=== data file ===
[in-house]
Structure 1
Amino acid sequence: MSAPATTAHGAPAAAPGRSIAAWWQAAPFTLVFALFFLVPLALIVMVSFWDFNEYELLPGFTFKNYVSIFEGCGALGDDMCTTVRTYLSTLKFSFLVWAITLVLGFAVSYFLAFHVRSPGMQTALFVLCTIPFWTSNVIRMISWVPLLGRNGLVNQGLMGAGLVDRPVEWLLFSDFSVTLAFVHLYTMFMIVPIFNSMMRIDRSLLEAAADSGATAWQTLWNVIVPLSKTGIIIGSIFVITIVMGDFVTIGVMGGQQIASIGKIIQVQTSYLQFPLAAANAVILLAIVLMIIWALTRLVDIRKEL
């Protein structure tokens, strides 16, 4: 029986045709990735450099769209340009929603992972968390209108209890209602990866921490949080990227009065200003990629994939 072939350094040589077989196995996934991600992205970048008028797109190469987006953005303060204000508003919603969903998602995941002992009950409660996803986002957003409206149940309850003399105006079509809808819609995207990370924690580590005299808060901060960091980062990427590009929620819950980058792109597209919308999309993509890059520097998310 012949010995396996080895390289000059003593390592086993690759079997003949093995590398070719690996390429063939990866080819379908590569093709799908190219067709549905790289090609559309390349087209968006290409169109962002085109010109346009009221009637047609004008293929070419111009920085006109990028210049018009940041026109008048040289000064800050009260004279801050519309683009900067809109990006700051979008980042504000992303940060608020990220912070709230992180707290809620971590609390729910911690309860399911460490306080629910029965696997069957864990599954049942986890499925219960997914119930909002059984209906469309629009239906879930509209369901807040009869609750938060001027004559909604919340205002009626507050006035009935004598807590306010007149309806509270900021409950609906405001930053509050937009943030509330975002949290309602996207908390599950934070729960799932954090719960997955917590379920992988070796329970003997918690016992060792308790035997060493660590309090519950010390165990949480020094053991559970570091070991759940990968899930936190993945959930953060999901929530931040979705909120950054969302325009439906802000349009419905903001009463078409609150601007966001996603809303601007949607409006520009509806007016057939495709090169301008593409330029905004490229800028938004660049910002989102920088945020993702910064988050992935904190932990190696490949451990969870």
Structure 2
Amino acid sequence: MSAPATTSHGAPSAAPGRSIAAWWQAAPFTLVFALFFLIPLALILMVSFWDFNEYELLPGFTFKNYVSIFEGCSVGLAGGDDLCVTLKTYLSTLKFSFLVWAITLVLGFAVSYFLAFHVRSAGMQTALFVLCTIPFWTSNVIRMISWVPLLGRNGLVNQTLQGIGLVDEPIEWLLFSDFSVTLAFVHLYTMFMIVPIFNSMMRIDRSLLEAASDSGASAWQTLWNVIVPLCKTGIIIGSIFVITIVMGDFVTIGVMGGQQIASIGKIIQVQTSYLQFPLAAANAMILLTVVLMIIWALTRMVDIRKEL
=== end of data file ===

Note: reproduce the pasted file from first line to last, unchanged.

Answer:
[in-house]
Structure 1
Amino acid sequence: MSAPATTAHGAPAAAPGRSIAAWWQAAPFTLVFALFFLVPLALIVMVSFWDFNEYELLPGFTFKNYVSIFEGCGALGDDMCTTVRTYLSTLKFSFLVWAITLVLGFAVSYFLAFHVRSPGMQTALFVLCTIPFWTSNVIRMISWVPLLGRNGLVNQGLMGAGLVDRPVEWLLFSDFSVTLAFVHLYTMFMIVPIFNSMMRIDRSLLEAAADSGATAWQTLWNVIVPLSKTGIIIGSIFVITIVMGDFVTIGVMGGQQIASIGKIIQVQTSYLQFPLAAANAVILLAIVLMIIWALTRLVDIRKEL
């Protein structure tokens, strides 16, 4: 029986045709990735450099769209340009929603992972968390209108209890209602990866921490949080990227009065200003990629994939 072939350094040589077989196995996934991600992205970048008028797109190469987006953005303060204000508003919603969903998602995941002992009950409660996803986002957003409206149940309850003399105006079509809808819609995207990370924690580590005299808060901060960091980062990427590009929620819950980058792109597209919308999309993509890059520097998310 012949010995396996080895390289000059003593390592086993690759079997003949093995590398070719690996390429063939990866080819379908590569093709799908190219067709549905790289090609559309390349087209968006290409169109962002085109010109346009009221009637047609004008293929070419111009920085006109990028210049018009940041026109008048040289000064800050009260004279801050519309683009900067809109990006700051979008980042504000992303940060608020990220912070709230992180707290809620971590609390729910911690309860399911460490306080629910029965696997069957864990599954049942986890499925219960997914119930909002059984209906469309629009239906879930509209369901807040009869609750938060001027004559909604919340205002009626507050006035009935004598807590306010007149309806509270900021409950609906405001930053509050937009943030509330975002949290309602996207908390599950934070729960799932954090719960997955917590379920992988070796329970003997918690016992060792308790035997060493660590309090519950010390165990949480020094053991559970570091070991759940990968899930936190993945959930953060999901929530931040979705909120950054969302325009439906802000349009419905903001009463078409609150601007966001996603809303601007949607409006520009509806007016057939495709090169301008593409330029905004490229800028938004660049910002989102920088945020993702910064988050992935904190932990190696490949451990969870």
Structure 2
Amino acid sequence: MSAPATTSHGAPSAAPGRSIAAWWQAAPFTLVFALFFLIPLALILMVSFWDFNEYELLPGFTFKNYVSIFEGCSVGLAGGDDLCVTLKTYLSTLKFSFLVWAITLVLGFAVSYFLAFHVRSAGMQTALFVLCTIPFWTSNVIRMISWVPLLGRNGLVNQTLQGIGLVDEPIEWLLFSDFSVTLAFVHLYTMFMIVPIFNSMMRIDRSLLEAASDSGASAWQTLWNVIVPLCKTGIIIGSIFVITIVMGDFVTIGVMGGQQIASIGKIIQVQTSYLQFPLAAANAMILLTVVLMIIWALTRMVDIRKEL